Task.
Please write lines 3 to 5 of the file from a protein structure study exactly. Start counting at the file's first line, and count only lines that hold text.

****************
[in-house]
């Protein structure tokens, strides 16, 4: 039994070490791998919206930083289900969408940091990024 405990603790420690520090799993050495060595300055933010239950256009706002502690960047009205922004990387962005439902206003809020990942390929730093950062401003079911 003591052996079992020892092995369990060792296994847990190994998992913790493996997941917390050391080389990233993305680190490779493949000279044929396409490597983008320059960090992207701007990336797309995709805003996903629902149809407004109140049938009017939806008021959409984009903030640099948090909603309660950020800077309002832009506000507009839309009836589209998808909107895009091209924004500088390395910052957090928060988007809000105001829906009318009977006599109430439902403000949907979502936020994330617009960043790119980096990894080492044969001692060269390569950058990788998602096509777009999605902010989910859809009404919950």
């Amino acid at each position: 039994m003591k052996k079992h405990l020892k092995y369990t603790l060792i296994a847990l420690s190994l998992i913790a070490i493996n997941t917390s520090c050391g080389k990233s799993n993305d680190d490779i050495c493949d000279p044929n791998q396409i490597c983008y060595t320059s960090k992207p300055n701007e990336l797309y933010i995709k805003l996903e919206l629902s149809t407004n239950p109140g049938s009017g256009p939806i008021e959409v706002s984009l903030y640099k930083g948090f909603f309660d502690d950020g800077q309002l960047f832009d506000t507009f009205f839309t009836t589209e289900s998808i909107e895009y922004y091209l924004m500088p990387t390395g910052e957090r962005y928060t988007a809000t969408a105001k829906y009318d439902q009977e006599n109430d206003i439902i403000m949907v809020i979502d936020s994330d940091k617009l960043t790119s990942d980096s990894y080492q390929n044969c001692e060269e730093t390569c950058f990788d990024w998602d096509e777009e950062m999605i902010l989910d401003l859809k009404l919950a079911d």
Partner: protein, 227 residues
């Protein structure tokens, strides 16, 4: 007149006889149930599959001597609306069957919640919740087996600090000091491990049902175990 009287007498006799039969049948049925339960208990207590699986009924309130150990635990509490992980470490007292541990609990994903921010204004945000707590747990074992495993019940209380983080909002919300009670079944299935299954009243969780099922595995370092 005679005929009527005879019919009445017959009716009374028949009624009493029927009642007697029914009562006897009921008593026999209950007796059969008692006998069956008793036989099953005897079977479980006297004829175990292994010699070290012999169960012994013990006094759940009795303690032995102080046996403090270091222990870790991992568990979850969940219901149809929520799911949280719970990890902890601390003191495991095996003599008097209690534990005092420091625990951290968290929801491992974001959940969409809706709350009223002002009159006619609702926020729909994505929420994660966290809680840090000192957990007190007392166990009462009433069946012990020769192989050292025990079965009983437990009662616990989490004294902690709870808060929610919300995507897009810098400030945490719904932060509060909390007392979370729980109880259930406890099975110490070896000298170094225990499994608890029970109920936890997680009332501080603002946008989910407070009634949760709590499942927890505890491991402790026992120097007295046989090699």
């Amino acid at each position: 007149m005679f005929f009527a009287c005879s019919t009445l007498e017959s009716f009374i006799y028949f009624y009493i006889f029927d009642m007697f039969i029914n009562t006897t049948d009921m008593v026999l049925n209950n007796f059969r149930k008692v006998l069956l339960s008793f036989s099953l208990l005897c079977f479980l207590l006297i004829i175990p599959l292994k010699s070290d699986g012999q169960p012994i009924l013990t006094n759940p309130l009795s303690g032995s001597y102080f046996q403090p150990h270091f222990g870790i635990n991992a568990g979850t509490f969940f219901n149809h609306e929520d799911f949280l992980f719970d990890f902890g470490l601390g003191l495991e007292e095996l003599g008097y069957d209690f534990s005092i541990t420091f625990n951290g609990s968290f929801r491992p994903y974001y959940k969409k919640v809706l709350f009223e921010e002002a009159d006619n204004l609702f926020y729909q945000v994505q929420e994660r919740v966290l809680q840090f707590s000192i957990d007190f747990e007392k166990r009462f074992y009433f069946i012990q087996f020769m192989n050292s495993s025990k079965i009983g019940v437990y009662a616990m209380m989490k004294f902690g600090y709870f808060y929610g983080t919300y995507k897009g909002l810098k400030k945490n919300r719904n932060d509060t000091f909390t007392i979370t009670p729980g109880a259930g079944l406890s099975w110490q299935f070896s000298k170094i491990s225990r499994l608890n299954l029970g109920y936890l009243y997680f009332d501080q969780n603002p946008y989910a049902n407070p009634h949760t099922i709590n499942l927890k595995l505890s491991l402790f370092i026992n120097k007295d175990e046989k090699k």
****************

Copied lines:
């Amino acid at each position: 039994m003591k052996k079992h405990l020892k092995y369990t603790l060792i296994a847990l420690s190994l998992i913790a070490i493996n997941t917390s520090c050391g080389k990233s799993n993305d680190d490779i050495c493949d000279p044929n791998q396409i490597c983008y060595t320059s960090k992207p300055n701007e990336l797309y933010i995709k805003l996903e919206l629902s149809t407004n239950p109140g049938s009017g256009p939806i008021e959409v706002s984009l903030y640099k930083g948090f909603f309660d502690d950020g800077q309002l960047f832009d506000t507009f009205f839309t009836t589209e289900s998808i909107e895009y922004y091209l924004m500088p990387t390395g910052e957090r962005y928060t988007a809000t969408a105001k829906y009318d439902q009977e006599n109430d206003i439902i403000m949907v809020i979502d936020s994330d940091k617009l960043t790119s990942d980096s990894y080492q390929n044969c001692e060269e730093t390569c950058f990788d990024w998602d096509e777009e950062m999605i902010l989910d401003l859809k009404l919950a079911d």
Partner: protein, 227 residues
């Protein structure tokens, strides 16, 4: 007149006889149930599959001597609306069957919640919740087996600090000091491990049902175990 009287007498006799039969049948049925339960208990207590699986009924309130150990635990509490992980470490007292541990609990994903921010204004945000707590747990074992495993019940209380983080909002919300009670079944299935299954009243969780099922595995370092 005679005929009527005879019919009445017959009716009374028949009624009493029927009642007697029914009562006897009921008593026999209950007796059969008692006998069956008793036989099953005897079977479980006297004829175990292994010699070290012999169960012994013990006094759940009795303690032995102080046996403090270091222990870790991992568990979850969940219901149809929520799911949280719970990890902890601390003191495991095996003599008097209690534990005092420091625990951290968290929801491992974001959940969409809706709350009223002002009159006619609702926020729909994505929420994660966290809680840090000192957990007190007392166990009462009433069946012990020769192989050292025990079965009983437990009662616990989490004294902690709870808060929610919300995507897009810098400030945490719904932060509060909390007392979370729980109880259930406890099975110490070896000298170094225990499994608890029970109920936890997680009332501080603002946008989910407070009634949760709590499942927890505890491991402790026992120097007295046989090699």